A lot of my fingerpicking ukulele learning process has been about setting myself some challenges which were reasonably difficult for me to make some progress but not completely out of my league.
After 8 months of ukulele fingerpicking, both learning via Skype with Herman Vandecauter and working things out myself, here is a reflection on the things that worked for me.
1. Liking a piece
First and foremost, and mostly because the amount of time I can dedicate to my ukulele learning process is rather restricted, it is absolutely essential for me to work on pieces that I choose myself.
This is a crucial motivational factor : if I like a piece, I’ll be very intent on learning it.
2. Finding a piece that reflects your emotions
In addition to liking a piece, it has to be in accordance with my emotions.
Music is an important vector of emotions so if I feel melancholy, chances are I’ll be much better at playing John Dowland arrangements rather than say, a lively Spanish tune. On the contrary, if I feel joyful, I’ll be glad to work on Irish reels or other upbeat pieces.
3. How should the piece sound ?
Once I’ve chosen a piece I like that reflects my state of mind, I move on to the next step which is to figure out how the piece should sound when played properly.
If I am lucky, the piece I have chosen will have been played by a skillful ukulele player and I will find a video of it on YouTube. In this case I’ll spend some time watching the video several times until I feel that the sound of the piece is imprinted in my brain.
4. Break down the piece into several parts, figure out the fingering, work in slow motion
Now it’s time to move on to playing the piece yourself. When I know what the piece should sound like, I try to break the work into several parts.
A good idea, supported by many excellent uke players I know, is to play the piece very slowly in order to define where you will use which fingers and the smoothest move possible between the different notes.
This isn’t easy and is definitely the most laborious part of the process. At first you will have to stretch your fingers into what feels rather uncomfortable, but over time, the move will become more and more natural.
When in doubt, watching a good ukulele player play the piece will help you define the correct fingering.
5. Play the piece over and over again until you’re happy with the result!
Finally, once you are more or less comfortable with the fingering, play the piece until you are satisfied with the way it sounds. Try to improve the musicality of your playing with each new attempt.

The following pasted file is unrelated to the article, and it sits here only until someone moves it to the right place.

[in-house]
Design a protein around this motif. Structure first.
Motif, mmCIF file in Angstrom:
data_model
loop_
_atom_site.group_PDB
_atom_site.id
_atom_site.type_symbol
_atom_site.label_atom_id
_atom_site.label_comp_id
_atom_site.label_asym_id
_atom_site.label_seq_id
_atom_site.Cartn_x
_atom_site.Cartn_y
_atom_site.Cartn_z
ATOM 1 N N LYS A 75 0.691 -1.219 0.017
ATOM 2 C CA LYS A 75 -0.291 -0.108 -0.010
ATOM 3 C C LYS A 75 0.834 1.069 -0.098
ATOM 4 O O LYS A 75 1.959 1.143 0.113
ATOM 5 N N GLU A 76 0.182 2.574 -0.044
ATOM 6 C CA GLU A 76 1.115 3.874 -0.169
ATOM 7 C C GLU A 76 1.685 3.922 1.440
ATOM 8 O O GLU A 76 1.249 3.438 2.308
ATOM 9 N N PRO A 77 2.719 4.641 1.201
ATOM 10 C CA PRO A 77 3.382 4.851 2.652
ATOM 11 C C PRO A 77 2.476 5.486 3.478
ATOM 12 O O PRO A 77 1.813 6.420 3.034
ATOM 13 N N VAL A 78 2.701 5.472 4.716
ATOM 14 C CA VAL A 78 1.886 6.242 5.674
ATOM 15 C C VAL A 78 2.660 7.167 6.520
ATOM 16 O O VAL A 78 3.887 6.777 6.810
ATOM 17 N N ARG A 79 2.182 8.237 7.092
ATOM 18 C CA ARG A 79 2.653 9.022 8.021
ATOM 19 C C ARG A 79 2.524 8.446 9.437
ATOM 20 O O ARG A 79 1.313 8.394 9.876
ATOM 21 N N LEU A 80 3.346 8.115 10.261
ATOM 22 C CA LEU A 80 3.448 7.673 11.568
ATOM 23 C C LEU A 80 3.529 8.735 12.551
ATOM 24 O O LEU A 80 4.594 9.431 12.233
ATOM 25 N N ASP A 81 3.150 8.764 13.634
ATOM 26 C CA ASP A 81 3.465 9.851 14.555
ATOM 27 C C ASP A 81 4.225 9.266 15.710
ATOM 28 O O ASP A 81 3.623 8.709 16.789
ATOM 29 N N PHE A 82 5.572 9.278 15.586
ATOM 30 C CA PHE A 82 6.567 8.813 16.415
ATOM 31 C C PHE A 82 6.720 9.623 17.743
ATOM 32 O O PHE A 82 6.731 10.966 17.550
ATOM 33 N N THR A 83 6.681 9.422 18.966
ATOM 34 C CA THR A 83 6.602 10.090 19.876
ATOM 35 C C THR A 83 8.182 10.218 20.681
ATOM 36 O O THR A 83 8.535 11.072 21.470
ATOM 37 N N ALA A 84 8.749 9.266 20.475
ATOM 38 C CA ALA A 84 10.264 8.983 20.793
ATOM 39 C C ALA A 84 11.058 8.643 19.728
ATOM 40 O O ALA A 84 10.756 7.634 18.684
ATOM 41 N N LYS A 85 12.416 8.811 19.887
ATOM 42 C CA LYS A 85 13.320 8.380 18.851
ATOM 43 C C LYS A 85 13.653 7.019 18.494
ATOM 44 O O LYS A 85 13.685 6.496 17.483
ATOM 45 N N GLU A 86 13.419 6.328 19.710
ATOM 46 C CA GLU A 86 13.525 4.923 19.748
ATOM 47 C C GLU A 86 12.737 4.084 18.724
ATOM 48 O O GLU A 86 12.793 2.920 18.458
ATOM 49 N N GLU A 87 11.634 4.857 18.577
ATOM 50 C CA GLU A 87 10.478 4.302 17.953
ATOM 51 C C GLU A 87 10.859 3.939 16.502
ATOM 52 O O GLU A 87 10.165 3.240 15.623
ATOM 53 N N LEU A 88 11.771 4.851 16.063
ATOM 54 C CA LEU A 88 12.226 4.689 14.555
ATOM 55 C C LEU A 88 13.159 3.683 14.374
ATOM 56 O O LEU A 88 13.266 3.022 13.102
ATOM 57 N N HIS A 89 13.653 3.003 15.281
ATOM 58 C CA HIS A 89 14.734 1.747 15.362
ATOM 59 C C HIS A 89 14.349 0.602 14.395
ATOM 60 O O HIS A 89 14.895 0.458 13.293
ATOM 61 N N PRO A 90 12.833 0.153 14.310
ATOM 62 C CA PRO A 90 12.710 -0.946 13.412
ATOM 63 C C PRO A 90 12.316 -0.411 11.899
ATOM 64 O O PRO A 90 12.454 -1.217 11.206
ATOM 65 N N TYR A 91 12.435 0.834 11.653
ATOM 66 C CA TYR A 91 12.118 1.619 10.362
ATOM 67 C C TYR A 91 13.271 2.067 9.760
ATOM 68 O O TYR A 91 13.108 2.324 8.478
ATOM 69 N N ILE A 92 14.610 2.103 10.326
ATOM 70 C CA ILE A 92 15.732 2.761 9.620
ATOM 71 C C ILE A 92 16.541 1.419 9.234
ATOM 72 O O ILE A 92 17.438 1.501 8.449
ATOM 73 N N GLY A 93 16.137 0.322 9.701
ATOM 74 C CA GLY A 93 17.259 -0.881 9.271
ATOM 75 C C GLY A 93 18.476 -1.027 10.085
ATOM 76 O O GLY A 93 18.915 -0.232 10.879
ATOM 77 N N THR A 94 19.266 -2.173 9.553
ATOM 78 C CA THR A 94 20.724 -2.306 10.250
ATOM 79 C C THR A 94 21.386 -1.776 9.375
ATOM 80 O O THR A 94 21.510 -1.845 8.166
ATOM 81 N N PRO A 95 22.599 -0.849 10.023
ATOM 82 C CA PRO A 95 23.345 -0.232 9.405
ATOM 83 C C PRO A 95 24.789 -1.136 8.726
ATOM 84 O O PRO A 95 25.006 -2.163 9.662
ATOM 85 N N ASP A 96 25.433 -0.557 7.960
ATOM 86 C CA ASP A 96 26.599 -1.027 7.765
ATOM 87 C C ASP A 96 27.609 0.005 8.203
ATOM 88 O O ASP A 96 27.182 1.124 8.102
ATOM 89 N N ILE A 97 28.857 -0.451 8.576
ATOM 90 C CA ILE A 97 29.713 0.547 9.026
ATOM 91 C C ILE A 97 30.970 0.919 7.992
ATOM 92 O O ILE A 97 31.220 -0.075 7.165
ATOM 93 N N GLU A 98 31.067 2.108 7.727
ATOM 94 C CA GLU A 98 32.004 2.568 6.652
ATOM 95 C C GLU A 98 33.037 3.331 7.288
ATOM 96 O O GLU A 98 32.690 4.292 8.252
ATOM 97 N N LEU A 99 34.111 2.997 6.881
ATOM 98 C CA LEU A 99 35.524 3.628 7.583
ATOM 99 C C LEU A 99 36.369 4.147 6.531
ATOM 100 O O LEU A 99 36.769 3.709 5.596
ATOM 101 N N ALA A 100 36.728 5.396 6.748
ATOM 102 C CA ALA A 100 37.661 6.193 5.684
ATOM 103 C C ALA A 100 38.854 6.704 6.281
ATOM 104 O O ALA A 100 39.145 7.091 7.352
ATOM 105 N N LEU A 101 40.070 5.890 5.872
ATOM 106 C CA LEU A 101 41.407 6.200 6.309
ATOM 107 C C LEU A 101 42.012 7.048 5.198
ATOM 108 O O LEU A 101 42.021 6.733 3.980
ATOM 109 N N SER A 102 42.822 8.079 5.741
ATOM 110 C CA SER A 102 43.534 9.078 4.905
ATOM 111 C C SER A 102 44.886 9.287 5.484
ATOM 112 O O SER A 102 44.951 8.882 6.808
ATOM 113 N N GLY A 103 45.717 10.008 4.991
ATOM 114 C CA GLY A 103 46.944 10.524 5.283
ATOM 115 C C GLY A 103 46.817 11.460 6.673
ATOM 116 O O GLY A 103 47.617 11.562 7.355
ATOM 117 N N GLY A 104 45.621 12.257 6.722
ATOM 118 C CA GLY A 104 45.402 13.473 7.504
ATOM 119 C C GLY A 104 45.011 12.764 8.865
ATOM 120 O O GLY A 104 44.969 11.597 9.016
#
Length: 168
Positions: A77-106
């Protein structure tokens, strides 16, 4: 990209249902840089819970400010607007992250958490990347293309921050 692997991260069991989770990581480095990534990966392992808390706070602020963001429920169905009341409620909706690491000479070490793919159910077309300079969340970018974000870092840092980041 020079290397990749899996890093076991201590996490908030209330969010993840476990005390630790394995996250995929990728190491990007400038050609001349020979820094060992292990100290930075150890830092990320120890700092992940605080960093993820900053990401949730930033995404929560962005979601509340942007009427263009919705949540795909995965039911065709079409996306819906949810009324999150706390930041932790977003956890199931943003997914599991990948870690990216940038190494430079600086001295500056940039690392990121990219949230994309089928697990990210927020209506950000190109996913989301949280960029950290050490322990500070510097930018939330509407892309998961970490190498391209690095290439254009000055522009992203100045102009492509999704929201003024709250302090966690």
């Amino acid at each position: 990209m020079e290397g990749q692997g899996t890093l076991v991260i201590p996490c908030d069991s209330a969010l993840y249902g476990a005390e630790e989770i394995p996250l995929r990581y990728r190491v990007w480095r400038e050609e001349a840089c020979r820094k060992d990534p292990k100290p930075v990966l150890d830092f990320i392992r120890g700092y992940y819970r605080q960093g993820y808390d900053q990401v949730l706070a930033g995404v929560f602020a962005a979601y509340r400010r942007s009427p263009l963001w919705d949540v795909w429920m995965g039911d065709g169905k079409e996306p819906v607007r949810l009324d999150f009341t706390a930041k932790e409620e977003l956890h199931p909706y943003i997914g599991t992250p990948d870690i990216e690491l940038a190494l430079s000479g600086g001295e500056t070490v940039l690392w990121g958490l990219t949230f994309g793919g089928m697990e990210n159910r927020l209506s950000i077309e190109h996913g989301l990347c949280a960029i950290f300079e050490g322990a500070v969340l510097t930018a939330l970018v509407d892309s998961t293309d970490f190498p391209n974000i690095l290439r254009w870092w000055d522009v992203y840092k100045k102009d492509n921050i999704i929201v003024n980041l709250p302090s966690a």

Know when to stop as well, there is no point in playing the tune to the point that you start hating it !
My five points in application
1. I listened to Tarrega’s Study in E minor played by Al and liked the piece.
2. I felt rather contemplative at the time and Tarrega‘s study suited my state of mind. I liked the haunting quality of the piece.
3. I watched Al‘s video several times until the melody was printed in my brain.
4. I broke the piece in two parts : based on the PDF I downloaded on Uke Hunt, I split the tune until measure 12, worked until I was happy with that part, then moved on to measure 13 till the end.
I spent a lot of time on measures 13, 14 and 15 as there are some tricky finger moves up and down the neck. My little finger still hurts a bit but it has most certainly gained in strength.
I noticed that on measure 14, Al was barring at the 5th fret but I’m still not comfortable with this barre thing so I chose to have my fingers cramped together instead. However, I don’t recommend doing this because it is far from error-proof, and I end up buzzing half the time.
5. I assembled the two parts and played the whole tune until I was pleased with the way it sounded.
It’s far from perfect, but here it is. One thing I noticed immediately when I watched my video was what Herman often tells me : ‘your fingers are moving too much ! You should keep finger movement minimal in order to play fast! ‘
I now know exactly what Herman means and I understand that the way I play can hardly be precise but I find it extremely hard to do otherwise. I wonder does this come naturally over time ?
What about you ? How do you progress on fingerstyle uke ? Do you have any tips to share ? I’d love to read your comments !